Nooses outside Mississippi Capitol spark discussion

By CHINA SUMMERS
On December 3, 2018

Photo by Creative Director, Ramapo News

Nooses, accompanied with signs painted in red, black and green, coincidentally the colors of the Pan-African flag, were found outside the Mississippi State Capitol the day before the state’s special Senate election.

This state’s election, which featured Republican Cindy Hyde-Smith and African-American Democrat Mike Espy in a special runoff on Nov. 27, were already charged with controversy.

A few weeks prior, Hyde-Smith - who won the election - sparked a public outrage after a journalist posted a video of her disregarding lynch victims on Twitter.

“If he invited me to a public hanging I’d be in the front row” were the words uttered from Hyde-Smith’s mouth that many African-Americans in the state regarded as a slap in the face.

As many know, Mississippi was notorious for the lynching of black people. Out of 4,743 lynchings that had taken place between 1882 and 1968, Mississippi had the highest number with 581, according to the NAACP.

While Hyde-Smith had apologized for her comments, it was clear that they were not accepted.

A week later, a sign found outside the statehouse read “We want leaders who give honest apologies and can be humble enough to admit when they’re wrong.”

A sign found on Monday at the state capitol followed suit as it read “On Tuesday, Nov. 27 thousands of Mississippians will vote for a senator. We need someone who respects the lives of lynch victims.”

This past election season has proved major change in America with many African-Americans and minorities being elected into higher positions. Unfortunately, in a majority of the races, candidates have been caught in the midst of racially charged tactics in an attempt to dissuade them.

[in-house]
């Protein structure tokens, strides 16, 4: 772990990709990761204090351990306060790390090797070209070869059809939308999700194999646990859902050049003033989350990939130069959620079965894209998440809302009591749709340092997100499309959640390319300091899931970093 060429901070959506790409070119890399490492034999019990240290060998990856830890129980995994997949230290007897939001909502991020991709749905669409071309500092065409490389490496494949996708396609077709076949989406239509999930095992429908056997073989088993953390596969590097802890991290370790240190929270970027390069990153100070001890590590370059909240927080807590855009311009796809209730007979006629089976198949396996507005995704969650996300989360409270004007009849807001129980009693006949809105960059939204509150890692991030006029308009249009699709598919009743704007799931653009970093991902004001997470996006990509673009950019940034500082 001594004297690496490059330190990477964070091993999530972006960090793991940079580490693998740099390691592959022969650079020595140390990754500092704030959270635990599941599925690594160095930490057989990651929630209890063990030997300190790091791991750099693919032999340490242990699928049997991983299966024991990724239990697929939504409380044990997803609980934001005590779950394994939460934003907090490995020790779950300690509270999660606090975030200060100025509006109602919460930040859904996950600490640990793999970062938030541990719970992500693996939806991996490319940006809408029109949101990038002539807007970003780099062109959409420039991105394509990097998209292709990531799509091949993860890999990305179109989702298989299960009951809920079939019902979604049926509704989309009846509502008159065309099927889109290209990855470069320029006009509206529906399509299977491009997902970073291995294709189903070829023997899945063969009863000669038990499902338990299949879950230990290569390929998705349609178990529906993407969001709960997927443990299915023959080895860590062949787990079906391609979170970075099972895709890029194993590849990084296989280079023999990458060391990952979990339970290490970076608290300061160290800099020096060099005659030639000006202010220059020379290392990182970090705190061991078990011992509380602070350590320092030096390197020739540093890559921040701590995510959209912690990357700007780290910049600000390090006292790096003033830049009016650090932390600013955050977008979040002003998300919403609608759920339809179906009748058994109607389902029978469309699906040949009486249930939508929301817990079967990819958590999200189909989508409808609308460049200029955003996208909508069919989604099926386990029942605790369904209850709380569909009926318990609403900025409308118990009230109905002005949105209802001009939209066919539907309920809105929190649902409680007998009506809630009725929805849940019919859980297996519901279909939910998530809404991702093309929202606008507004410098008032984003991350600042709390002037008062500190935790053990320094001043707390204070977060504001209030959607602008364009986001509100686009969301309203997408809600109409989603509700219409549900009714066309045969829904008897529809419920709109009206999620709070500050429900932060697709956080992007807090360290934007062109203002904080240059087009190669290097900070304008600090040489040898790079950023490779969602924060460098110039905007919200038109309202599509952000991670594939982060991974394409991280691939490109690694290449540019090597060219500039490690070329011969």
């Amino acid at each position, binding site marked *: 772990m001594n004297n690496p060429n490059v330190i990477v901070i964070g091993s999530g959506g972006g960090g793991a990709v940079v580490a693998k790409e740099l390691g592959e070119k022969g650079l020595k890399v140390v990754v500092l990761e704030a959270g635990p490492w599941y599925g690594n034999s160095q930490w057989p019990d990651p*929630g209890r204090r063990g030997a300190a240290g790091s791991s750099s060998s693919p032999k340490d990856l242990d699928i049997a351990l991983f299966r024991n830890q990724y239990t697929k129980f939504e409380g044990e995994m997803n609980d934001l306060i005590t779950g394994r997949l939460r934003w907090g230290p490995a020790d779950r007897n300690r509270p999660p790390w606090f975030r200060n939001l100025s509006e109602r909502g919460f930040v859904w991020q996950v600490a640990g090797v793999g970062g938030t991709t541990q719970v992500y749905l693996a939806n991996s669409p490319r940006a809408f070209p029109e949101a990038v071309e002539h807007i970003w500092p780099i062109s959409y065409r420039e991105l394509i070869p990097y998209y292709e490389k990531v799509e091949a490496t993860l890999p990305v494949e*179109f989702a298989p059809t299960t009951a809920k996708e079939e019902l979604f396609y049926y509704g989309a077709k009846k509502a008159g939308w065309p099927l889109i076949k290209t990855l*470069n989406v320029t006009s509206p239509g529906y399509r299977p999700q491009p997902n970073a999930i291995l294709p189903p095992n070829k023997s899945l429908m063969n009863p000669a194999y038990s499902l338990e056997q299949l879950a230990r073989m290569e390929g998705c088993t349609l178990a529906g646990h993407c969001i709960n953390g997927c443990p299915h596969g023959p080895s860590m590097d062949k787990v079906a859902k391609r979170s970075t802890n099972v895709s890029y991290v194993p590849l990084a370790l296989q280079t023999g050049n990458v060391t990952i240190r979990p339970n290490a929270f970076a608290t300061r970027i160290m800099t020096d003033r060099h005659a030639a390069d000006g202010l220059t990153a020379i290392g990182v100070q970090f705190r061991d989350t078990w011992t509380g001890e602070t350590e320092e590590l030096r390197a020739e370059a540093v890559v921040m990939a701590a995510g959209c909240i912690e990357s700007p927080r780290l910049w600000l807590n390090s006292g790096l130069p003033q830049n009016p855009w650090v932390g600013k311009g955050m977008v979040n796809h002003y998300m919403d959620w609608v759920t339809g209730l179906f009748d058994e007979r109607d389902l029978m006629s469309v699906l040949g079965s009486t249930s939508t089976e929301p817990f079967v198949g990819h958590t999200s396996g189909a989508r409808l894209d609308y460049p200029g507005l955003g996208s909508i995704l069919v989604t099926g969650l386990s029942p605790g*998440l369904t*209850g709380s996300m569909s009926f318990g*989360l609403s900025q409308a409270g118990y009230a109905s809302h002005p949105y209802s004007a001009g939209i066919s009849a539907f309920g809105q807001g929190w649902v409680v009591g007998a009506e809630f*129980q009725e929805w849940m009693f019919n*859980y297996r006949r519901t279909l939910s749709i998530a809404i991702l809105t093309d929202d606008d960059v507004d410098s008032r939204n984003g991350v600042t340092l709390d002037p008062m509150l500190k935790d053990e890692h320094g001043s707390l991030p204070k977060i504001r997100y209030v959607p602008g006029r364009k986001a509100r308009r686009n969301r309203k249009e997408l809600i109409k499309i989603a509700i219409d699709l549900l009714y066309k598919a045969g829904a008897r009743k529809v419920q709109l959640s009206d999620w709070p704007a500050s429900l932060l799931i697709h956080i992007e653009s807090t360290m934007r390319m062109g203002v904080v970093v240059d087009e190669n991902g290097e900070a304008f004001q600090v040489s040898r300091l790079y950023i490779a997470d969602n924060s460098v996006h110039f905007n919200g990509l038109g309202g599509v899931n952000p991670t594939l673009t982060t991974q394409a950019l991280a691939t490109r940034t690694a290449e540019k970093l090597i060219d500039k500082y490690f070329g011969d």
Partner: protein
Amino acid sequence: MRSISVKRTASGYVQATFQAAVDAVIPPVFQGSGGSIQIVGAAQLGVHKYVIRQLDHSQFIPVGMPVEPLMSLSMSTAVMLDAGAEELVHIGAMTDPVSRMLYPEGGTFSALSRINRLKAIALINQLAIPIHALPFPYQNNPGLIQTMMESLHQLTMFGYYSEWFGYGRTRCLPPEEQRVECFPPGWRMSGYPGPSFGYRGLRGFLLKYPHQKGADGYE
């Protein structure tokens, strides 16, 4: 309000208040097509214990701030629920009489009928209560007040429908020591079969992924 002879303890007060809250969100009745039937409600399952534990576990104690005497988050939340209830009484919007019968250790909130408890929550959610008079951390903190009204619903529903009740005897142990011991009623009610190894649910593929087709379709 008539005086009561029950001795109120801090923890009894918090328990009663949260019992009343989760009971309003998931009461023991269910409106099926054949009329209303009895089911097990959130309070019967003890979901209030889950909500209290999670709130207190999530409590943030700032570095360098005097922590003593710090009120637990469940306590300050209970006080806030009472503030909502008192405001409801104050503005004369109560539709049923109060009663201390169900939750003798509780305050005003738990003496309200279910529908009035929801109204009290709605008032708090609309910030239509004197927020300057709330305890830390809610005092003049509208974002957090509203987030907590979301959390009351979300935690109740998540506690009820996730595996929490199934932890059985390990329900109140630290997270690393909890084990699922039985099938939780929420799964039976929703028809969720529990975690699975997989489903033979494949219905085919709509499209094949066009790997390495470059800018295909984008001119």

Stacy Abrams was subject to ridicule after a robocall labeled her as “a poor man’s Aunt Jemima.”

Republican Ron DeSantis stated that Florida couldn’t afford to “monkey this up” after winning the Florida election against Andrew Gillum.

Both incidents used derogatory language that was once common in the south to belittle black people.

The statements that were made at the state capitol were clear. African-Americans were fed up that although they have gained equal rights for themselves, the country still disregards their presence and history here.

In Mississippi, an investigation has been launched to find those who have left the nooses and signs at the capitol building. The Mississippi Department of Public Safety believes that the act committed was a hate crime and said they will not tolerate it.

While the signs were a way for people to express how they feel to the public, the use of nooses were a bad judgement call. The people who hung the nooses neglected to take in consideration of how it may trigger some.

For many black people living in America, many might find they have ancestors who might've found themselves on the end of noose during a period that didn't even occur too long ago. A terrible memory that will never be forgotten should not have been used in a political statement.

A person who hangs a noose as a mechanism to instill fear in 2018 is someone who shouldn't be in political office.

csummers@ramapo.edu

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